There are no walls surrounding UC Berkeley.
When I arrived on this campus, that was the first thing I noticed. This may not seem unusual to some people, but for me, it was a little shocking. I was surprised by how different UC Berkeley was to the university that I might have attended back in Monterrey, which was heavily guarded with gates and security.
The lack of walls on campus made it clear that all types of people are free to roam around as they please. And I loved this idea that my campus is available to everyone who wants to be part of this community. It reflects the spirit of many of the people around me that everyone has a right to any space and country — that no one should be illegal anywhere.
But as the semester continued, I noticed that even though the campus doesn’t have any walls, people’s minds are filled with barriers.
Groups of people with different identities are deeply divided on this campus. White Americans are bitter towards immigrants. People of color are resentful toward white people. Science majors have disdain for students in the humanities. And meat eaters hate vegans.
It seems like almost every identity comes with a bitter opposition to some other identity. If I think of myself as a Democrat, I automatically hate Republicans.
Our identities are built up as walls to separate us from “the others.” And this hatred has been kindled by current political discourse.
A few days ago, Berkeley College Republicans put up a red, white and blue stand in Sproul Plaza with a sign that read “Build the Wall.” While I want to be supportive of free speech on campus and have open discourse on different political viewpoints, this sign was triggering for me and my friends— it made us feel like these Americans hate and reject Mexican immigrants. On top of that, it proves the extent to which American society desires to be separated from “the others” — so much so that the government is now building actual walls.
Despite the heightened political divide, divisions between countries and identities are nothing new. As an international student who was just recently immersed in a diverse and divided campus, I’ve slowly learned to navigate through these distinctions.
Last semester, my international friends from Mexico were reluctant to integrate “Chicanos” into our friend group. It was then that I realized there is a division between Mexicans who were born and raised in Mexico and Mexican Americans who grew up in the United States.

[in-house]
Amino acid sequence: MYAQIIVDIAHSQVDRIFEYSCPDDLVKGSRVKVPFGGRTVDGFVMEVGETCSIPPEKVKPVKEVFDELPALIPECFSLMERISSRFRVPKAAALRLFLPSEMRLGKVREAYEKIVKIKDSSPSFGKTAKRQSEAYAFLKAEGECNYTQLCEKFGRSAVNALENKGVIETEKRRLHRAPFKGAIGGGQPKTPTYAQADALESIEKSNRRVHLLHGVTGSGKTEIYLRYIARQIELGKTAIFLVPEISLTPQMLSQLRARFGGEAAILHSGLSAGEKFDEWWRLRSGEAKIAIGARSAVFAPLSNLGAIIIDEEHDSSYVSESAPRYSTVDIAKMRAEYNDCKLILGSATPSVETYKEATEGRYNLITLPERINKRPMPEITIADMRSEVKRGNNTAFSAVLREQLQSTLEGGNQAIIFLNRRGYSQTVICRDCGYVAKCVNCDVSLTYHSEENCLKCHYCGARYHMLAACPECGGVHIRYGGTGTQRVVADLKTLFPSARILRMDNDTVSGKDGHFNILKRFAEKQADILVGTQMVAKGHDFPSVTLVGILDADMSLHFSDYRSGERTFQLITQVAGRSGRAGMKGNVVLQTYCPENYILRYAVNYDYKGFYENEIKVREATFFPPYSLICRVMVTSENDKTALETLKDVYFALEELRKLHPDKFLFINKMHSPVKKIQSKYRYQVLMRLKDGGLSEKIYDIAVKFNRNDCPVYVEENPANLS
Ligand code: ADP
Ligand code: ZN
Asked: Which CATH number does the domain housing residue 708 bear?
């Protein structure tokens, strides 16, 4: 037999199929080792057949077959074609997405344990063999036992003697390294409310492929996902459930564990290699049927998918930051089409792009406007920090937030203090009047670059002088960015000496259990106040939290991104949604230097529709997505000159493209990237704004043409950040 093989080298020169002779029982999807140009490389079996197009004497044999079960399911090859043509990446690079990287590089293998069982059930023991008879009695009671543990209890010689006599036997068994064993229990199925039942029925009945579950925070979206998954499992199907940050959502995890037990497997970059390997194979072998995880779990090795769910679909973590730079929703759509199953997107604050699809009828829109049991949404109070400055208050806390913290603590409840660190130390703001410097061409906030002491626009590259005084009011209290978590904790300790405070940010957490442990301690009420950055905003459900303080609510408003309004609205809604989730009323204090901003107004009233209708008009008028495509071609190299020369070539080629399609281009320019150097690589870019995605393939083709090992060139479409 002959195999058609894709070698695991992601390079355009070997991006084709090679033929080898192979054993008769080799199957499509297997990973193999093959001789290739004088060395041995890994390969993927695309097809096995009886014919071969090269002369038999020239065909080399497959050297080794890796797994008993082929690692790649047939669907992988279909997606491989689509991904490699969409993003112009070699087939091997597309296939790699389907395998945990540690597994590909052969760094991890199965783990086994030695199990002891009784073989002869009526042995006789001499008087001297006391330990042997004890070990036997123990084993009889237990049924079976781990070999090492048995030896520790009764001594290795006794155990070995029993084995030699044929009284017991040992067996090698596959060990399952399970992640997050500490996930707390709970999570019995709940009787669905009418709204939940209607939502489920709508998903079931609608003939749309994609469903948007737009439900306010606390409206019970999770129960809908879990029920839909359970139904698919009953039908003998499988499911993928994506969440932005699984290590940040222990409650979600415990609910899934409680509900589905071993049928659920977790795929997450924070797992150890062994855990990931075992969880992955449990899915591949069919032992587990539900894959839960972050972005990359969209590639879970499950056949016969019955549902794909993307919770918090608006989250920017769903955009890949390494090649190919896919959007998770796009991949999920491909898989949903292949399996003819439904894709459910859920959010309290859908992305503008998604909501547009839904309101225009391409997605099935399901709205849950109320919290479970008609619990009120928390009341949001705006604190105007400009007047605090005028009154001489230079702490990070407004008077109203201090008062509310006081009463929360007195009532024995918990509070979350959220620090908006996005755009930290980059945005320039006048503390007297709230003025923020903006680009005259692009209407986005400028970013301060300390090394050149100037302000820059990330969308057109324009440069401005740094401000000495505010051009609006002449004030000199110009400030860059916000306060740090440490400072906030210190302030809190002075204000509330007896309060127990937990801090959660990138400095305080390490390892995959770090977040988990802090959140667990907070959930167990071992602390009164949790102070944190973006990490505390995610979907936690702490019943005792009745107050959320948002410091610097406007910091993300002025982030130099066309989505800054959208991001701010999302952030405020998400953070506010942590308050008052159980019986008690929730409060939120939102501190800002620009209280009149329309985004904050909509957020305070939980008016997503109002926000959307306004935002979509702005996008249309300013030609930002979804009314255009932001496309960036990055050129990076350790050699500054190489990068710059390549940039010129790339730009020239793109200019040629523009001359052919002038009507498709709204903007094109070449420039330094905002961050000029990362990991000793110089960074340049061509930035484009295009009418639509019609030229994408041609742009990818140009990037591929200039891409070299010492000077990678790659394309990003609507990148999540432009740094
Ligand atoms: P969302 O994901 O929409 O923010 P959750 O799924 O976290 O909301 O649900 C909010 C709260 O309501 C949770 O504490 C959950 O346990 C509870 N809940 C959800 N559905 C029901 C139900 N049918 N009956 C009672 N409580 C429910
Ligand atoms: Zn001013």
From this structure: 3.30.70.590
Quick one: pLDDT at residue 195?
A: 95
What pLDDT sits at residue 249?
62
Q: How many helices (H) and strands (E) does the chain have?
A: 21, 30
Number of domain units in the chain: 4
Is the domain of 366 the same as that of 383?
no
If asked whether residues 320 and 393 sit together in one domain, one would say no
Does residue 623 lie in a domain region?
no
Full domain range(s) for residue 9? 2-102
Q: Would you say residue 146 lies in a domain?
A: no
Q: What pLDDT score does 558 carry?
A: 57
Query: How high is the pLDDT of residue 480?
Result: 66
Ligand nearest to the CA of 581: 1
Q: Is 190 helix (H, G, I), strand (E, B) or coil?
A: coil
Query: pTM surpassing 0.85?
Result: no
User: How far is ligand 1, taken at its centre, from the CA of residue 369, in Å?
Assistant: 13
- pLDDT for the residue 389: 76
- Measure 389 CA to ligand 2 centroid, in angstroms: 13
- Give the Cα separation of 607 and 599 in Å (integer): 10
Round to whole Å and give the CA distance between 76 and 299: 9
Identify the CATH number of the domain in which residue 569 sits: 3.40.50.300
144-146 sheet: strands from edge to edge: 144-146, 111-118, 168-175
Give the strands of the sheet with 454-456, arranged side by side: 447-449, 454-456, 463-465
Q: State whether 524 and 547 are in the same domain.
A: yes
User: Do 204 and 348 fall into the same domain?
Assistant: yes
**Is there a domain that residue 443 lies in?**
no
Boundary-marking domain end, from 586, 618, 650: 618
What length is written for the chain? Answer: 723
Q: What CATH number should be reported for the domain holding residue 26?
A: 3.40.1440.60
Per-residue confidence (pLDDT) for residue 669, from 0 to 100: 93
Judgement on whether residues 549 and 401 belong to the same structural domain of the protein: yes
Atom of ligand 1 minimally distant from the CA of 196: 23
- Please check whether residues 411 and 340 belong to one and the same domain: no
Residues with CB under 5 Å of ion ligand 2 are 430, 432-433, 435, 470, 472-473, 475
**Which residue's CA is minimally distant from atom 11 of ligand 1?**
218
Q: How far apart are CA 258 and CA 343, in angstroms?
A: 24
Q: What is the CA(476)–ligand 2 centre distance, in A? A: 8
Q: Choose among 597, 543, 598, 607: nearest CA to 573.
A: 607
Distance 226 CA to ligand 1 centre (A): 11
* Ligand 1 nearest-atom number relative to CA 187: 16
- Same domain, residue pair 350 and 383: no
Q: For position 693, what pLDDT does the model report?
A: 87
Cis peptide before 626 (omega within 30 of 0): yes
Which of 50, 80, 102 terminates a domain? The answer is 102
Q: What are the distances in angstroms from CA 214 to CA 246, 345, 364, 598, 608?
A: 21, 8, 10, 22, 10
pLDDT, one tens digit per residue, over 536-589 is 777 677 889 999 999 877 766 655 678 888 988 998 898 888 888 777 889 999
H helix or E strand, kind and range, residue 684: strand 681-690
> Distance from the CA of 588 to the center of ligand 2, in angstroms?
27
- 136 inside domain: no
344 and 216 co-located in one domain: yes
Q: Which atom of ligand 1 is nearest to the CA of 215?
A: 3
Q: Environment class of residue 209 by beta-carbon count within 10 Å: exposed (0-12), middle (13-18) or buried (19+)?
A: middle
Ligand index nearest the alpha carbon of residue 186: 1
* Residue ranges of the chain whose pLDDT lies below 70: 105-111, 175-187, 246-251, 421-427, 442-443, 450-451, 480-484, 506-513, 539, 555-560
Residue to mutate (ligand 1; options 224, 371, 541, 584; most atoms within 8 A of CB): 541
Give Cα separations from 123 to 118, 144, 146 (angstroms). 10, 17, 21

And this semester, when I was dating a guy from El Salvador, I learned about a supposed historic bitterness between Salvadorans and Mexicans. He told me that most Mexicans he’s met are really arrogant — they think that all Latin American countries are just like Mexico. Even though we felt a connection in our Latinx culture and Spanish language, a history of division which I hadn’t even known about lingered in our discussions.
But between the mess of divided identities on this campus, I’ve also found some striking similarities between myself and people from countries in the opposite side of the world. While I was talking with a friend from Kuwait, we realized that our experiences and perspectives are oddly similar. We’re both frustrated that environmentalism isn’t appreciated in both our countries. We’re irritated by the rampant consumerism in both Monterrey and Kuwait.
Just this week, I was at an identity exploration workshop organized by my RA. At the workshop, I listened to a person from Kenya talk about her growing understanding of what it means to be Black in the United States versus what it means in her home country. Even though her experience is different from mine, I felt a strong connection to her perspective, because I too have learned a lot about what it means to be Mexican or a “minority” in the United States — we were united by our experiences in a divisive country.
In my first year at UC Berkeley, I’ve experienced how open communication can connect me to many different kinds of people and eliminate the perceived divisions between us. I’ve learned not to let these perceived divisions alienate and separate us — we can be united in our differences. I am Mexican, but I can value aspects of American culture over those of Mexico, and vice versa. I am vegan, but I wish to foster dialogue between different lifestyles.
Our identities should not come with walls, but with welcoming extensions. We need to be willing to integrate, listen to and respect those identities we have been told we should be opposed to.
This campus is an open space where all types of identities come together. Despite this, many people on this campus have a competitive and divisive attitude. If we wish to have a successfully diverse community and a holistic sense of kinship, we need to first stop attacking each other’s identities.
Let’s reflect the spirit of our open campus. Let’s break down the walls we have built around us.